About the why – my guess is that someone in Washington wanted to have the Dutch Purchasing Commission out of his hair and had a contract drawn pdq to get rid of them.



  7. Jim Baker says:

    Macarthur certainly was an arrogant little empire-builder, wasn’t he? Withholding spares is exactly the kind of Draconian steps he’d take to get his way. It bit him in the end, though.

    It’d be interesting to be a fly on the wall for the “negotiations” that resulted in AUS losing the airplanes, and what Macarthur’s reasoning was about why Australia shouldn’t have them instead. I think that the USAAF preferred to do its own chartering mainly because it was far more efficient in all aspects (apart from military command structure and its attendant problems). I’m not sure about other forces, but pulling all assets as close under one single umbrella is generally a wise choice, as it simplifies supply lines, maintenance, crew requirements, and scheduling, among other facets. Had they contracted with a civilian organization to provide even basic rear-area transport, it would have meant negotiating contracts for not only the aircraft but also the maintenance and personnel, scheduling, replacements, and so on, all of which can — and will — be a true nightmare. In peacetime, such a contract can save a lot of money, but in wartime (or in locations where there is a LOT of traffic),

    The stupidity of relying on contracts was driven home to me many times in a previous life, when I ran a parts department at a small but very busy aircraft maintenance shop and needed a part for a customer’s airplane. Manufacturers are increasingly driving towards distributorships rather than selling direct, and that is exactly the same supply-line minefield. I genuinely don’t understand how it’s good customer service to do it this way, but.,… anyway. As an example, I once got a Bellanca Viking in with one landing gear transition indicator lamp burned out (the amber one). It’s a six dollar part, retail. Cheap. All the pilot REALLY needs is the red one and the green one, but he cannot legally fly the airplane with the amber one not working, so I got on the phone and called Bellanca. They didn’t have any in stock, and gave me the manufacturer’s part number and website address. When I went online to look for a disrtibutor, I quickly found five or six locations relatively near me on the list, and started calling them. Not one distributor had that lamp in stock — it was, for them, a “special order only” item, which meant that they could get it for me, but I would either have to wait until enough customers needed that exact part to justify their spending the money to cut a PO and make the order, or it would cost me an additional $250 in special-order fees to order one, and my customer would not be happy about that.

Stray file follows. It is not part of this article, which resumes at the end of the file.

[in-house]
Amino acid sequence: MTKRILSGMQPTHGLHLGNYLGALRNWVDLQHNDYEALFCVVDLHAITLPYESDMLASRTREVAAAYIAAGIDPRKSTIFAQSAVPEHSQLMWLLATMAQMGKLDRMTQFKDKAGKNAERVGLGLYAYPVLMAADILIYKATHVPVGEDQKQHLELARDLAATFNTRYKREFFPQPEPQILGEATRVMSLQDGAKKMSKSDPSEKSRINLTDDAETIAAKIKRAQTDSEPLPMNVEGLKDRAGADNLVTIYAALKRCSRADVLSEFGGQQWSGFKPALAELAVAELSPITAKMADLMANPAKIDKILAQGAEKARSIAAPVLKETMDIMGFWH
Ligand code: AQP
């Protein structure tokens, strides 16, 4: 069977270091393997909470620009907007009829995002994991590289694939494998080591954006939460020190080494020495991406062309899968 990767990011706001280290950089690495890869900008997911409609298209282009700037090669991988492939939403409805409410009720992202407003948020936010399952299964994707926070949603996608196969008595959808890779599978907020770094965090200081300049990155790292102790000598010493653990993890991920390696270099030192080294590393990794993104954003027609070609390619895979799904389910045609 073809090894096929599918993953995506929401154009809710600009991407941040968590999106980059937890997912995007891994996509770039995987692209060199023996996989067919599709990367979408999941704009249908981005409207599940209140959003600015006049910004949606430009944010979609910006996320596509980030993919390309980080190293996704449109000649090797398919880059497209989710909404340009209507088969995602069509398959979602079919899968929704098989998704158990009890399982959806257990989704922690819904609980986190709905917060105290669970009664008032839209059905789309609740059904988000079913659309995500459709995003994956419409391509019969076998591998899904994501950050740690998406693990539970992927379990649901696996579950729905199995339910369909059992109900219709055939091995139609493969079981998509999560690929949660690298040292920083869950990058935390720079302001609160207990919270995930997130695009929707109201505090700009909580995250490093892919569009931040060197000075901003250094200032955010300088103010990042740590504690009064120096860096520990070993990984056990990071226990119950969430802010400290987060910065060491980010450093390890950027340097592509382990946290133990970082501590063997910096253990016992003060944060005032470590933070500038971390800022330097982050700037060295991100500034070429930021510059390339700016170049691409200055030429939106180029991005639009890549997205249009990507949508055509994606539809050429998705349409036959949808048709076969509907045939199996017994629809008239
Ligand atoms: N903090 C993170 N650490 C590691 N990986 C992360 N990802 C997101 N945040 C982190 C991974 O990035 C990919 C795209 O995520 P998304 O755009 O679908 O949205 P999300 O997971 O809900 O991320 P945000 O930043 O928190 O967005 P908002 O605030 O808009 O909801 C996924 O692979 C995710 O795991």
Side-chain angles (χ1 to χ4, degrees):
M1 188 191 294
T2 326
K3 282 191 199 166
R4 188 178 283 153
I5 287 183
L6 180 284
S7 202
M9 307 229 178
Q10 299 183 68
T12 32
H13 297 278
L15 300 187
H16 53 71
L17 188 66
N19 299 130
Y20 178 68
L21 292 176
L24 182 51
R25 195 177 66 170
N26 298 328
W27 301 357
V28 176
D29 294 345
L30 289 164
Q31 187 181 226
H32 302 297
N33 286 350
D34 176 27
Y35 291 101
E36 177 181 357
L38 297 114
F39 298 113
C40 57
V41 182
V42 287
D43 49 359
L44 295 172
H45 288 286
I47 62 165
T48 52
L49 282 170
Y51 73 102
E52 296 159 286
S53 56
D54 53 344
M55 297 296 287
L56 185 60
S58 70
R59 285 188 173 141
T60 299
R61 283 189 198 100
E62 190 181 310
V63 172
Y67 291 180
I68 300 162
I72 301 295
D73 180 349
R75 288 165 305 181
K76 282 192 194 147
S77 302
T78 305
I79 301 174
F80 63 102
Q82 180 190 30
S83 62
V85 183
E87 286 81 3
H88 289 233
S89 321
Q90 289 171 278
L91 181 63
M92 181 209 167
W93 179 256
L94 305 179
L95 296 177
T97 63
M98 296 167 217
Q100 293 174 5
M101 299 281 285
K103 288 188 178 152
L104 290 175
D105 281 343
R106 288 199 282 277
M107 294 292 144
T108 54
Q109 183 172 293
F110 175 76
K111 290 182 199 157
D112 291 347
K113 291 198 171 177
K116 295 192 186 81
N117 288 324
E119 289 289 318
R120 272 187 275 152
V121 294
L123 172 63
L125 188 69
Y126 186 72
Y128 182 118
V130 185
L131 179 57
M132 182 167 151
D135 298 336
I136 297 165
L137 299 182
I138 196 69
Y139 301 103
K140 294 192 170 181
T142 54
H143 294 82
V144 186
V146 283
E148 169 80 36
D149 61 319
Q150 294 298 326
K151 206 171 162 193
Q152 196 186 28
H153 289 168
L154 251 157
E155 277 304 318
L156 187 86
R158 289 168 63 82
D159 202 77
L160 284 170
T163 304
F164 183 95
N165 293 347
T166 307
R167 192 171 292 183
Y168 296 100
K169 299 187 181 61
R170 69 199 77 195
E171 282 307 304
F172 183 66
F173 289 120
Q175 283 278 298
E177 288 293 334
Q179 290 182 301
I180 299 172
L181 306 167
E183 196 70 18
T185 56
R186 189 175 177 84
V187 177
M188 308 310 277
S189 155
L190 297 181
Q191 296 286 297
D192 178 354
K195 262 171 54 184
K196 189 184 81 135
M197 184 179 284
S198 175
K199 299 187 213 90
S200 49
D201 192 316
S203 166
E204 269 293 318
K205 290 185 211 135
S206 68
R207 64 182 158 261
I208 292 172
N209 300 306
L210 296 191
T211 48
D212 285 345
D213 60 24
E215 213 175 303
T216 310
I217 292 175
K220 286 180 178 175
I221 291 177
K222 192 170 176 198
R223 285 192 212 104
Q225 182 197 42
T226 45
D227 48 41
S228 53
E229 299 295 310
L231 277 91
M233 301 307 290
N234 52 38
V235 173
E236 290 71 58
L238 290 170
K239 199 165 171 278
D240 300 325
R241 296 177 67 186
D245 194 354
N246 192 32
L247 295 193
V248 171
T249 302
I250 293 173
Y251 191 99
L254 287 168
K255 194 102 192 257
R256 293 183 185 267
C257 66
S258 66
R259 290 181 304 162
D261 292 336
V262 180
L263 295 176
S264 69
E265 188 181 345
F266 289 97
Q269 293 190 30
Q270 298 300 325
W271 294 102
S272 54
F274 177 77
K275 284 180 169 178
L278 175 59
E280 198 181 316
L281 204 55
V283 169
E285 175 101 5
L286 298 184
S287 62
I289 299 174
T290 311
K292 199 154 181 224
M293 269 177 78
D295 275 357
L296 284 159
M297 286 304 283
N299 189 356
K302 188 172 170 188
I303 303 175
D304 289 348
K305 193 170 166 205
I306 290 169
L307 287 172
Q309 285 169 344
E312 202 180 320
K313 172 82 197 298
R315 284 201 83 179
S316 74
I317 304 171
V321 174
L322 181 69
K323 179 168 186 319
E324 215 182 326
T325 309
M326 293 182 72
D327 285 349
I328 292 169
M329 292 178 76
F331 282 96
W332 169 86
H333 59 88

So I called the manufacturer, and the conversation went something like this:

    Me: I need an amber lamp, part number whateveritis. Do you have these in stock?
    Them: Yes sir, my computer tells me we have 1,117 of them in our warehouse.
    Me: Great! This airplane only needs one, but it’s relatively inexpensive so I’d like to buy ten of them so I can have one in stock when I need it rather than having to order one. In fact, I’ll order ten full sets of green, amber, and red. Can I give you a credit card number?
    Them: Sorry, sir, you’ll have to get one from one of our distrbutors. We don’t sell to the public.
    Me: I’m not the public, I am a parts department and I need that part. I have a customer’s airplane here NOW that cannot fly without that part. You have over a thousand of them, and not one of your distributors NATIONWIDE has a single one in stock.
    Them: Sorry, sir. I can’t help you. You’ll have to go through a distributor.

    I ended up finding one at an aircraft scrap yard in a Viking someone had groundlooped, Took me months to get a full stock replenishment on that one, and I would not have wanted the customer to be grounded for want of six dollars’ worth of light bulb. Utterly idiotic.

    I can’t imagine trying to prosecute a war and having to deal with stuff like that. Much more efficient to just buy the planes. Or steal them. Or confiscate them.


    • Kingsleyr says:

      Logistics have always been the bane of operational units. And your landing gear lamp example is a classic.
      So, yes, simply buying the planes saves a lot of stress. But the sale had an amusing aftermath,

      Under the terms of the contract, KNILM was required to test fly all their aircraft before the handover to the USAAF. As a manifestation of their outrage at having to surrender the aircraft for which they had fought so hard, the KNILM staff resolved to have all ten aircraft ready for a spectacular test flight over Sydney Harbour on 14 May 1942.
      After several aircraft buzzed the Dutch destroyer Tromp, a DC-2, a DC-3 and a DC-5 lined up on another target – the Sydney Harbour Bridge! In line astern, the formation proceeded to fly under the Bridge, once in each direction.

      I’d loved to see that – and the furious Aussies afterwards!